Sequin Fabric Sewing: The Perfect 7 Steps

Sequin fabric, the peacock of the fabric world. So lovely, so sparkly, and so difficult to resist. However, many of our customers are confused about how to sew it. Many clients, in addition, ask this question in person or onn social media. Today, we'll give you some pointers that will aid you in any case.

There are already a lot of fantastic sewing with sequins techniques out there that have helped me along the way, but I thought it would be worthwhile to offer my two cents on what has worked for me and where I've fallen into trouble.


To begin, check to see if your fabric has any elasticity. Sequin fabric can be stretchable (hello, ice dance costume!) or not, so pick a pattern that works for you. Because sequins are much thicker than conventional fabric, you'll want to go with a simple form with few pattern elements. (This will also assist you with tip number two.)

Choose a dress pattern like the Mesa Dress, which has a simple front and back and no darts, instead of one with princess seams (check out my sequin Mesa Dress here). Try a Lou Box Top or a Nita Wrap Skirt from one of my patterns for separates. Both passed the sequin test with flying colors. Victoria shared a sequin Lou Box Top on Instagram last month that is to die for. It's a pretty simple form with only two pattern pieces, and I've included directions for lining it as well. Last month, I made a Nita Wrap Skirt out of sequin fabric and posted specific instructions here.


As someone who hasn't worn a lot of sequin fabrics, I had no idea how scratchy and uncomfortable they are. Choose a pattern that contains a lining or add one to the pattern when sewing your own clothing.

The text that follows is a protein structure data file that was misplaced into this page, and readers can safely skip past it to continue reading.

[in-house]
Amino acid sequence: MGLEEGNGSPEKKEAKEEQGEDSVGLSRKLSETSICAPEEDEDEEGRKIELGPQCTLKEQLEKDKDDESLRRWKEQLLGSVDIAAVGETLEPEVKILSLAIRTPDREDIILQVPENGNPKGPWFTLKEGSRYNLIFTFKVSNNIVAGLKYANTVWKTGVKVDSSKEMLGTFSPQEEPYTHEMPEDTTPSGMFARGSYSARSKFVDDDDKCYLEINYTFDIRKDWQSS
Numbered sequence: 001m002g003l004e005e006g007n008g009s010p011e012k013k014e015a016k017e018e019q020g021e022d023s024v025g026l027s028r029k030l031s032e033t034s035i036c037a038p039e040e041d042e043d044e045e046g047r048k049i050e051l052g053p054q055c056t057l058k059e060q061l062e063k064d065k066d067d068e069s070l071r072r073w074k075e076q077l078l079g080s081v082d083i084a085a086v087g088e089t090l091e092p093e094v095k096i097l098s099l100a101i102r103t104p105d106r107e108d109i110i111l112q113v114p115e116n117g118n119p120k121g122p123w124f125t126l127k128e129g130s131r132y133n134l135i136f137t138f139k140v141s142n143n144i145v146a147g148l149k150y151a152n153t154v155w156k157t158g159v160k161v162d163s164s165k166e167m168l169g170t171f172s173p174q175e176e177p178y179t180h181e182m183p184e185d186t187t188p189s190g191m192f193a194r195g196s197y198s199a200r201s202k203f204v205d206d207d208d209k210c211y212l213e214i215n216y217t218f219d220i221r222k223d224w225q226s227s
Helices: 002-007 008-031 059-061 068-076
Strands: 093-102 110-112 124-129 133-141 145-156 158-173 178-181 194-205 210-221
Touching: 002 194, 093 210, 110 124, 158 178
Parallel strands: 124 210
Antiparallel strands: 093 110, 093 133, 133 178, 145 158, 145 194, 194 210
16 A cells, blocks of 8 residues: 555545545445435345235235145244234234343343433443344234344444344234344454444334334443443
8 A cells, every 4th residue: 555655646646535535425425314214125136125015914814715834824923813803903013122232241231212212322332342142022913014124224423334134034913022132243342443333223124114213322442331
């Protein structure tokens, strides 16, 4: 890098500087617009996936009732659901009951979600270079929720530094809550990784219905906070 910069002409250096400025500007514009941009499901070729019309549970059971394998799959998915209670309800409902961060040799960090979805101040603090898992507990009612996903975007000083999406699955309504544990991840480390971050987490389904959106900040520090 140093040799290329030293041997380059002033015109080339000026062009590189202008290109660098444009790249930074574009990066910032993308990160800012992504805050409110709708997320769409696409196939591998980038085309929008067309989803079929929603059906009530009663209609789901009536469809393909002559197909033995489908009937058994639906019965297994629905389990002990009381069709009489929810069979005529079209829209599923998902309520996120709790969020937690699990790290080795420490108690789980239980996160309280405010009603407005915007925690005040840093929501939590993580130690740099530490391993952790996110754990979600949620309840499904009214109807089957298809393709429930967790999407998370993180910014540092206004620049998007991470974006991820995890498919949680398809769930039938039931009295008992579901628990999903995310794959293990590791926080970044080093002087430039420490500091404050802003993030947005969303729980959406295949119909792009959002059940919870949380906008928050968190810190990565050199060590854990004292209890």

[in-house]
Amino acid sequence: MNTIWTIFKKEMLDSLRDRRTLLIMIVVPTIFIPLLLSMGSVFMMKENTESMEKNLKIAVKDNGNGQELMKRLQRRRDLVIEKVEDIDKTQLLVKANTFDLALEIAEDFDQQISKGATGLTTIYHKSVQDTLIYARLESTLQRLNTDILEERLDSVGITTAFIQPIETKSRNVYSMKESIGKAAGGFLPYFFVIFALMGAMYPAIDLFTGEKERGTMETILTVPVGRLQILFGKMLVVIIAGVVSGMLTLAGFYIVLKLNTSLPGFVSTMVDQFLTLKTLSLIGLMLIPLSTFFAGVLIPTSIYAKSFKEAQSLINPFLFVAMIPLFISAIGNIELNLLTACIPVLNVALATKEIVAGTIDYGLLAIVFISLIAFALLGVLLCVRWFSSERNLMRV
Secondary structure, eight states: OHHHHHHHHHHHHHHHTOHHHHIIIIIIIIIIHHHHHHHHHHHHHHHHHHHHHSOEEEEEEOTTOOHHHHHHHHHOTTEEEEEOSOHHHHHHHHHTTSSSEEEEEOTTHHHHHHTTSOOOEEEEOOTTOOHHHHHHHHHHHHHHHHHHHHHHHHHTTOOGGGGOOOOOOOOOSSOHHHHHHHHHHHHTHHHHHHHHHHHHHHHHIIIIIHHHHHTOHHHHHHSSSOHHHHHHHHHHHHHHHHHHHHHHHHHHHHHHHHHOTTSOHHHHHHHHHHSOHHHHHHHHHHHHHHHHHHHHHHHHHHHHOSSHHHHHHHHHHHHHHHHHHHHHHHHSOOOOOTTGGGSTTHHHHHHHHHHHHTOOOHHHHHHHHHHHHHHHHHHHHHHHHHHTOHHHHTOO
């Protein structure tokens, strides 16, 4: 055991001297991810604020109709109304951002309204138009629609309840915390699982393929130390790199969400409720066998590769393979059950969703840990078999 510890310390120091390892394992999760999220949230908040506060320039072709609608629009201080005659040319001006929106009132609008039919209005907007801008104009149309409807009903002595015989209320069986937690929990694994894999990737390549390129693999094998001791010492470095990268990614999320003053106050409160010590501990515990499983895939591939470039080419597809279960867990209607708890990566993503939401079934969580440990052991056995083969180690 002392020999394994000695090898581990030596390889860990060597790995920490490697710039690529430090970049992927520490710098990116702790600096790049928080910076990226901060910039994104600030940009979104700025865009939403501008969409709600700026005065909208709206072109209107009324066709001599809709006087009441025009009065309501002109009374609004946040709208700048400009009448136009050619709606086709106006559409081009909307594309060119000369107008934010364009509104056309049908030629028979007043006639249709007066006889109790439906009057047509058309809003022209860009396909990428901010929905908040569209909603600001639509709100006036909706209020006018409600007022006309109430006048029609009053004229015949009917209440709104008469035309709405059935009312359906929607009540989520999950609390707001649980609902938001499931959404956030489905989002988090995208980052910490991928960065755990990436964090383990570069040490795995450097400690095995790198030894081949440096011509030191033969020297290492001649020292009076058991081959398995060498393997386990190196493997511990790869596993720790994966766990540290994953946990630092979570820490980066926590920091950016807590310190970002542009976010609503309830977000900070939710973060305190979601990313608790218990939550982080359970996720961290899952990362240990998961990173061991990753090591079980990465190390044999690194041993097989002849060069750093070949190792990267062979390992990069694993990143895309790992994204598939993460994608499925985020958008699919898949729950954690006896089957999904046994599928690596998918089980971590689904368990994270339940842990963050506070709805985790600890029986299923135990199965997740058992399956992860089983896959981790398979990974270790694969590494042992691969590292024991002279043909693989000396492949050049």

Sequins are nastier than they appear, and they will dull any blade. So, instead of using your serger, cut the fabric with an ordinary pair of scissors. I used a leather needle and sewed right through the sequins, as suggested by By Hand London. The fabric is pierced with a leather needle, and I had no troubles.

BONUS TIP: If your sequin fabric is stretchy, make sure you use a stretchy stitch. (However, don't use the serger.) I went with a small zig-zag stitch, which worked perfectly.


Cover the place where you'll be cutting the sequin fabric with a drop cloth. This was particularly problematic when I constructed this sequin dress and cut the sequins out of the hem allowance. I'm still discovering sequins a year later (which may say more about my housekeeping ;).


It's fine to leave the sequins in the seam allowance if you're lazy or short on time, and your sequins are little. That is, admittedly, a touchy subject. It's a personal preference, however, I found sequin removal to be extremely time-consuming and not worth the effort.

There was no convenient way to remove a bunch of little sequins at once because I was working with a serpentine design. It took hours, and my hand hurt from gripping the seam ripper so tightly. I might spend the extra time to remove the sequins if I was going to wear the sequin clothing frequently or for a highly significant function. However, I've only worn my sequin clothing once (or never! ), so spending hours removing sequins and making a huge mess wasn't worth it to me.

In this post on the We All Sew blog, Sara does an excellent job of explaining both ways (removing and not removing the sequins).


Although the heat from an iron can harm the sequins, you'll want to make sure the seams are as flat as possible. You'll need some pressure to flatten the sequins if you're not removing them from the seam allowance. Finger pressing can sometimes work, but if you require greater effort, a rolling pin or something similar can be used.


With sequin fabric, a topstitch will not work, but since you've added a lining, you can slip stitch the hem to the lining. If your cloth is elastic, make sure you use a stretchy hand stitch. Fortunately for you, I have a lesson right here on how to accomplish it.